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New Research On The Effect Of Open Source Software On Supply Chain Security Emerges

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Station 9, a special research team established by Endor Labs to find vulnerabilities in the application development process, has released its first study.

“The State Of Dependency Management,” a new report from Endor Labs, a startup focused on securing the reuse of open source software in application development, provides an unprecedented look at the pervasive but frequently unmonitored use of existing open source software in application development and the risks associated with it. As one illustration, the study shows that a startling 95% of all vulnerabilities are discovered in transitive dependencies, which are open source code packages that are not directly chosen by developers but are nevertheless drawn into projects.

This is the inaugural report from Station 9, a cutting-edge research platform created by Endor Labs that brings together experts from many fields throughout the globe. Station 9 is composed of Georgios Gousios, who is in charge of software analysis, and Henrik Plate, who is in charge of security research, and is committed to detecting weaknesses in the software supply chain and identifying alternative remedies.

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The latest paper from Station 9 provides a thorough review of the difficulties associated with the use of open source software and shows how standard approaches to vulnerability mitigation need to be examined much more carefully. The issue isn’t simply the broad use of open source code in new apps; rather, it’s the fact that developers only choose a small sample of these software requirements. The remaining dependencies are “transitive” or indirect ones that are automatically added to the codebase. This creates the conditions for important, possible vulnerabilities that could have an equal impact on development and security.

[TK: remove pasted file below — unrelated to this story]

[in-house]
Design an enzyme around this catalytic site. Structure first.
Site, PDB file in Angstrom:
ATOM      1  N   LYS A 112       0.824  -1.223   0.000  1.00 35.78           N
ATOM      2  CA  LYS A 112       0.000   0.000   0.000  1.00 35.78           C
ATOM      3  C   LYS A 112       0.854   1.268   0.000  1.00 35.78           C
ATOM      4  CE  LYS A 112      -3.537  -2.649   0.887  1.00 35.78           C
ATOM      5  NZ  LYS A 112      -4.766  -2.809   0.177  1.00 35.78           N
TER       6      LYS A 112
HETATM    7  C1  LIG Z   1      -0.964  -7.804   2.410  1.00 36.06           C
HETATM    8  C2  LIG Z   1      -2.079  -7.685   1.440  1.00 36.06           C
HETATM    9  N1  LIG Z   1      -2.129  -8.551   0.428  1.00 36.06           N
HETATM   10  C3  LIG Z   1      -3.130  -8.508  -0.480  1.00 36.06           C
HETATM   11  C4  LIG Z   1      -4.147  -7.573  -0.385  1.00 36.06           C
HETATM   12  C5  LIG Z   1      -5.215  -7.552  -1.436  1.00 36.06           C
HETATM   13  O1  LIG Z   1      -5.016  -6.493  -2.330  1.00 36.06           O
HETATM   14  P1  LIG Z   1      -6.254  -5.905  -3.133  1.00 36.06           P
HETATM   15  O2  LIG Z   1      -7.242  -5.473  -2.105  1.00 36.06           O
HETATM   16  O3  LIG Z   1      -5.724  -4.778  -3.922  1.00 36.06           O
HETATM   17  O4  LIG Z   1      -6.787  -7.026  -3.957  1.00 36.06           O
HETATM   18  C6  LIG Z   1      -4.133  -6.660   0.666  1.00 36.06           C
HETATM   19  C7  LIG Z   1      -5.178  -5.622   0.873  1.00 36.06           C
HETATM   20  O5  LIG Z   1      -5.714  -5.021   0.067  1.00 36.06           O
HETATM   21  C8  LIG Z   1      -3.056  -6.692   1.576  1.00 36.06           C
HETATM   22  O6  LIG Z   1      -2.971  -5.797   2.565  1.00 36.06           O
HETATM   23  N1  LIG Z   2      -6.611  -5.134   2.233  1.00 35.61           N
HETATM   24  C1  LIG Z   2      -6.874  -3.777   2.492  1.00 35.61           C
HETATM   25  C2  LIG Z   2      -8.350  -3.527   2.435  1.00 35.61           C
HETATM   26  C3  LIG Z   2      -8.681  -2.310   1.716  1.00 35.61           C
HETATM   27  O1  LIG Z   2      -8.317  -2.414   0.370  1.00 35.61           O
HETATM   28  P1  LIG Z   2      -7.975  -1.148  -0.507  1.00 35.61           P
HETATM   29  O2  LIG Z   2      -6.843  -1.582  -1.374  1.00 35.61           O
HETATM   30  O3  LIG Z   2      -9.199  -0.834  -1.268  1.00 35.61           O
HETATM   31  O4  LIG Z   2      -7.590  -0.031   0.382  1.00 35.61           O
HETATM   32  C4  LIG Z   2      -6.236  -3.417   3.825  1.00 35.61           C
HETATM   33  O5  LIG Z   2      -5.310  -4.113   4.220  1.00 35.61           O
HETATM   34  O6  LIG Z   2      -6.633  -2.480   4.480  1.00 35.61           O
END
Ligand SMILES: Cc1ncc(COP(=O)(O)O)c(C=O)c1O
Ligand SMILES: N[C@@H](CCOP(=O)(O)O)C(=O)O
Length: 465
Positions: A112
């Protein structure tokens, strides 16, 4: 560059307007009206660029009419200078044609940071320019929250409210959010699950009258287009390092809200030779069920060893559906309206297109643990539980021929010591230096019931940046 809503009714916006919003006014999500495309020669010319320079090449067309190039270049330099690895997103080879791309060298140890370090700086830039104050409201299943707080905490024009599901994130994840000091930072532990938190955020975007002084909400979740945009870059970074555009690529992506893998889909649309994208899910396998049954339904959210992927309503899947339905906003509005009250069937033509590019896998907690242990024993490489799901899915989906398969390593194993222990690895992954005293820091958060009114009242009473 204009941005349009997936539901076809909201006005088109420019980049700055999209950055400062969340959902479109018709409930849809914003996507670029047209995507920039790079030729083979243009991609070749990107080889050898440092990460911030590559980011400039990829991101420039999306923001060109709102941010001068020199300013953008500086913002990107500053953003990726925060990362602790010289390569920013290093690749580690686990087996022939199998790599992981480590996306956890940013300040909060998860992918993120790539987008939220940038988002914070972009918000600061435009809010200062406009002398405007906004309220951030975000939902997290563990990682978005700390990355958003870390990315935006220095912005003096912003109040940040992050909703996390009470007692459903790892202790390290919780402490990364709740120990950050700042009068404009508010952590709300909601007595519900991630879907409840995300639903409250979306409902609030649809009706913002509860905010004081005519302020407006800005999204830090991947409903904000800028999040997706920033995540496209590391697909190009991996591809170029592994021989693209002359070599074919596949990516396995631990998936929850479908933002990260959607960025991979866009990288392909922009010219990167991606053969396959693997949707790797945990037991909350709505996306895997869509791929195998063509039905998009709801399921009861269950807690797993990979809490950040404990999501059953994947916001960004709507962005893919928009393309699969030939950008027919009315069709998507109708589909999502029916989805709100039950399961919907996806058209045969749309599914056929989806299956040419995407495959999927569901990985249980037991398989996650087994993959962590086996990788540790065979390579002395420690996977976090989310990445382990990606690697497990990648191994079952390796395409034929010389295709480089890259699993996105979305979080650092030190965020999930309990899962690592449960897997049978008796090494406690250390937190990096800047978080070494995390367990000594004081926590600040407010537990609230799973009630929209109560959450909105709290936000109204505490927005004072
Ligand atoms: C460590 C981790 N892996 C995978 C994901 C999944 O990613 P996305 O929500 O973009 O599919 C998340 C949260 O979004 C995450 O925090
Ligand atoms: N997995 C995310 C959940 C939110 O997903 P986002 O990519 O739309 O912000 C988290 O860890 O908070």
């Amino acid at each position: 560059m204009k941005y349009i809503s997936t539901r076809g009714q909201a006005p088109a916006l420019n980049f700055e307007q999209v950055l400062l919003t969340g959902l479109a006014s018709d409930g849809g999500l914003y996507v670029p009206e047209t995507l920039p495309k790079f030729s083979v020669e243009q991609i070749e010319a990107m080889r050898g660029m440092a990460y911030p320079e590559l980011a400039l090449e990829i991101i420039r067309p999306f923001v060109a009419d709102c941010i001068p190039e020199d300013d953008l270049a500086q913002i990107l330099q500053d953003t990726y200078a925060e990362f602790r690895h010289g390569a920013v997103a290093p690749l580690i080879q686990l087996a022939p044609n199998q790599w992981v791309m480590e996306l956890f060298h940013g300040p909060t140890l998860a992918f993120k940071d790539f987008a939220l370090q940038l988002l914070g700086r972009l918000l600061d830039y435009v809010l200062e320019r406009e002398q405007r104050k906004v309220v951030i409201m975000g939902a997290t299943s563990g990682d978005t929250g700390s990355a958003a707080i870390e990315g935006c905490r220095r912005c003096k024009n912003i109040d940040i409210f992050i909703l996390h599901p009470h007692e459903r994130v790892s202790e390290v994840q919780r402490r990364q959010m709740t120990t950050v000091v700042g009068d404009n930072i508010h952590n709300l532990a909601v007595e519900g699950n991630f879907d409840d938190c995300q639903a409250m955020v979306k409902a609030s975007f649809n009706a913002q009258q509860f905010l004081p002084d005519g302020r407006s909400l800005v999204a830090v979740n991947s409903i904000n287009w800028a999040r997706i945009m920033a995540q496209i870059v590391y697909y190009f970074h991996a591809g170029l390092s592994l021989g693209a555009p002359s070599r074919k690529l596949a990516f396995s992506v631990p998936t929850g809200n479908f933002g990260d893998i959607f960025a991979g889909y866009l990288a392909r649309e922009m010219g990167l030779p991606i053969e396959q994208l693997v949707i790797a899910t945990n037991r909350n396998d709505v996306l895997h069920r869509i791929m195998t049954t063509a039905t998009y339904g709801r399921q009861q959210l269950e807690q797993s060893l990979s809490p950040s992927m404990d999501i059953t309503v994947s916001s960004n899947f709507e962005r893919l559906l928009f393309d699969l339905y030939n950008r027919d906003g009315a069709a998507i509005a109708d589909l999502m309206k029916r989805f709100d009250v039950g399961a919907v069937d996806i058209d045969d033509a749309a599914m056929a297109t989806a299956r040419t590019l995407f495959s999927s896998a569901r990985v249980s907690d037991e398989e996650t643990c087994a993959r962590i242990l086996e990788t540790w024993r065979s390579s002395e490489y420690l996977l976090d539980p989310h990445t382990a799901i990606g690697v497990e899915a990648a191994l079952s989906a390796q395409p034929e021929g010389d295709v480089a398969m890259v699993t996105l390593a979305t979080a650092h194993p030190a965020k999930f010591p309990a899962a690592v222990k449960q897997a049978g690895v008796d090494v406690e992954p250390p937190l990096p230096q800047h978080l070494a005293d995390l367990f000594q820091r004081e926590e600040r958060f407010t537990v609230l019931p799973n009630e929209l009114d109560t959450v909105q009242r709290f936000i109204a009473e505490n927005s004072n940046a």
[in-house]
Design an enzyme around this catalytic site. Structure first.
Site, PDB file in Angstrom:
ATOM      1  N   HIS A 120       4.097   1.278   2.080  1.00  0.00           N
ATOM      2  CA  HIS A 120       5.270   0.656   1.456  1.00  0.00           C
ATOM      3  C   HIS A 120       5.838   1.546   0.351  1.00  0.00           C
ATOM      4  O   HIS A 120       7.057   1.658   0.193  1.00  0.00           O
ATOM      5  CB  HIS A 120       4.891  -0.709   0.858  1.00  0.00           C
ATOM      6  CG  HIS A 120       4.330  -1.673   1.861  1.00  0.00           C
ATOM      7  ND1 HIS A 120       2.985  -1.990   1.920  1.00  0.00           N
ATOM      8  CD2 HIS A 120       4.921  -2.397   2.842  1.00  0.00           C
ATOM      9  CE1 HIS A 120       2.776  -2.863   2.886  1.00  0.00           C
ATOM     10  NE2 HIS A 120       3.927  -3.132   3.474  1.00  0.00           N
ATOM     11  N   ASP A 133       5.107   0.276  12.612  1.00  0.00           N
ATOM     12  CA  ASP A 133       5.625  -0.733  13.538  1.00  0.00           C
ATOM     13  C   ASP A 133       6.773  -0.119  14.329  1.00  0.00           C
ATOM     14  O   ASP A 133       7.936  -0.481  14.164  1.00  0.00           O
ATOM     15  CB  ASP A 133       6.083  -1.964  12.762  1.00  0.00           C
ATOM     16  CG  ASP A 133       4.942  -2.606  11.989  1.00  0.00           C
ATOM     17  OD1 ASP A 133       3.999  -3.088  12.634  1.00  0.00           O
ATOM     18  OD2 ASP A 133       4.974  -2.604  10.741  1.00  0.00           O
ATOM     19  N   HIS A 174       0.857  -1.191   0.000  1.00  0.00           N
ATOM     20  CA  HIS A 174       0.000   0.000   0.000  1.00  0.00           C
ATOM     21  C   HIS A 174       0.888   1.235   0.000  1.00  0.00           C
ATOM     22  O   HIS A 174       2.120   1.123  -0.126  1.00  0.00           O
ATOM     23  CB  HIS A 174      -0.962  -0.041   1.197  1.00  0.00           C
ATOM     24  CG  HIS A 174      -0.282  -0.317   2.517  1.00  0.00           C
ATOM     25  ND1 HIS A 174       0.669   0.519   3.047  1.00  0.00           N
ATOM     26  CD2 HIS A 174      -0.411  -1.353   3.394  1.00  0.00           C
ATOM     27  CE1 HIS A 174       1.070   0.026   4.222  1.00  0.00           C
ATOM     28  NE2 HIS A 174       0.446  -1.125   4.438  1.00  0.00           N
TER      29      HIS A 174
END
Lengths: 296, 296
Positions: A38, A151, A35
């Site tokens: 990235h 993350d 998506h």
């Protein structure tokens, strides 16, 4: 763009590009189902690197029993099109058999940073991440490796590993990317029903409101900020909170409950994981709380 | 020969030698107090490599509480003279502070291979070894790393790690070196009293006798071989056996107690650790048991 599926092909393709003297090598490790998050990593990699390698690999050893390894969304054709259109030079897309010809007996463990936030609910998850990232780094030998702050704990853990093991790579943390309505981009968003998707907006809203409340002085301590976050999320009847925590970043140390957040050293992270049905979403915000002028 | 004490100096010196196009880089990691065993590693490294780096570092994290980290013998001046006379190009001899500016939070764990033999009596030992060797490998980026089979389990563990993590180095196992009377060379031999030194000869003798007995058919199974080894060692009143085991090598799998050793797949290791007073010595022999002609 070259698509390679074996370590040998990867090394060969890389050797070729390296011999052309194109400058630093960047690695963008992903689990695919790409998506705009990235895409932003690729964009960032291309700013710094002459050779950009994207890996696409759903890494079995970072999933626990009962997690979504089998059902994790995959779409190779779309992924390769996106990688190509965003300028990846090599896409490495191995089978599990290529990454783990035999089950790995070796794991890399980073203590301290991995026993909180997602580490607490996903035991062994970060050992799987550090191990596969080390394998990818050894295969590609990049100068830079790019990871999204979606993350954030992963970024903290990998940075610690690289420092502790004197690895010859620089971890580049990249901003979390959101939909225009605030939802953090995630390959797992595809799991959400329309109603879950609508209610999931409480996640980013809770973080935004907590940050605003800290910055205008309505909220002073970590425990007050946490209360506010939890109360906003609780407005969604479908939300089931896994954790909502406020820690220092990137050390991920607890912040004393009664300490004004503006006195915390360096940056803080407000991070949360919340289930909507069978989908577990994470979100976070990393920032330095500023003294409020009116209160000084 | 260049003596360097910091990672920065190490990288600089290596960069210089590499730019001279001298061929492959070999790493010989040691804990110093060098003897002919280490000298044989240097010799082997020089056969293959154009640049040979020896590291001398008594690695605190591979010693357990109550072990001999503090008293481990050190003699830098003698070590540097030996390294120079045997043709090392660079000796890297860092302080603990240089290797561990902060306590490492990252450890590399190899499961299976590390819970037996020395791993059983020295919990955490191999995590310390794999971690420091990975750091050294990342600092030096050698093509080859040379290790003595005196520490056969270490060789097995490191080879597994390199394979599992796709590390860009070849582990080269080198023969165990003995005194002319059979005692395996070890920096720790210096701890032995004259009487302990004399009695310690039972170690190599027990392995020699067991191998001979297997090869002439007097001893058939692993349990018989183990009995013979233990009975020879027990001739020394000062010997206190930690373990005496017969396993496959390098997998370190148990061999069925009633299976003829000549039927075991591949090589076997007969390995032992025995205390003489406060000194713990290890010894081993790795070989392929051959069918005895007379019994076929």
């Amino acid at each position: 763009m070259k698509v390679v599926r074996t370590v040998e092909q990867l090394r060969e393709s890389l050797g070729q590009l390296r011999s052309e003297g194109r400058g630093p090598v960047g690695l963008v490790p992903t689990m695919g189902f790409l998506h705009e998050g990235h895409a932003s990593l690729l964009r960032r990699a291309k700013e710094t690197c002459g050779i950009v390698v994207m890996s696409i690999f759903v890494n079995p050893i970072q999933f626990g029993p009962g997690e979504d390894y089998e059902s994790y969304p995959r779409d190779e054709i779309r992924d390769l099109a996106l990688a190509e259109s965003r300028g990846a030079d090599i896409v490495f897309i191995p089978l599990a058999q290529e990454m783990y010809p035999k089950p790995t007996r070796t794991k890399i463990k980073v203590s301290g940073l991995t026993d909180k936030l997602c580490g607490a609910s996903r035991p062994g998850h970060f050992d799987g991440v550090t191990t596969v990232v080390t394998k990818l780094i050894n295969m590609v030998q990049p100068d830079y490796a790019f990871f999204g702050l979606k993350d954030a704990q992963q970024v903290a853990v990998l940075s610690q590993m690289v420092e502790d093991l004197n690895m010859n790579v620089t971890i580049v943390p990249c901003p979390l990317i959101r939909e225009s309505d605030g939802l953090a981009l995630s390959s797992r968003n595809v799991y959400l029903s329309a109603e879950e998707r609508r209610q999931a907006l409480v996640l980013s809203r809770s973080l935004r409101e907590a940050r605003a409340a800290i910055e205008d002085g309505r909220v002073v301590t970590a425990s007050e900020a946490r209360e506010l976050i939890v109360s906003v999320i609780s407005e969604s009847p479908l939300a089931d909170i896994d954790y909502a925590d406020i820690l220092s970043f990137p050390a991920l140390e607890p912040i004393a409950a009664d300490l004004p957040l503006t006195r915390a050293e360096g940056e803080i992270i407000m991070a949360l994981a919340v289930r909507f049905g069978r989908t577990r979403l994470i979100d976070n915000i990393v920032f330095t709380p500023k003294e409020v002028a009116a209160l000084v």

The investigation’s findings include the following:

  • It is true that transitive dependencies contain 95% of all vulnerabilities, making it very challenging for engineers to determine the full severity of these problems or even whether they are even solvable.
  • Determining criticality is not an easy task, as shown by a comparison of the two most well-liked community initiatives to do so—Census II and OpenSSF Criticality Scores. Organizations must choose for themselves which open source projects are critical because 75% of the packages in Census II have a Criticality Score of less than 0.64.
  • Recent supply chain attacks have benefited greatly from dependency confusion, yet these attacks are often undetectable by the risk indicators covered by widely adopted efforts.
  • There will be problems because 30% of the most popular Census II packages had their most recent release before 2018 and 50% of them didn’t have one until 2022. These can lead to major operational and security problems in the future.
  • New does not equate to secure: Even after updating to a package’s most recent version, there is still a 32% risk that it has known security flaws.
  • The most crucial factor in prioritisation is reachability; disregarding flaws in test dependencies or basing decisions only on security measures (such as CVSS scores) only reduces the likelihood of a vulnerability by 20%.

The purpose of Station 9, which takes its name from the research centre on Endor in the Star Wars universe, is to study the difficulties involved in using open source software in the workplace and to provide guidelines and best practises for choosing, securing, and managing OSS. In the near future, the team will continue to publish new findings through publications, presentations at trade shows, and other means.

 

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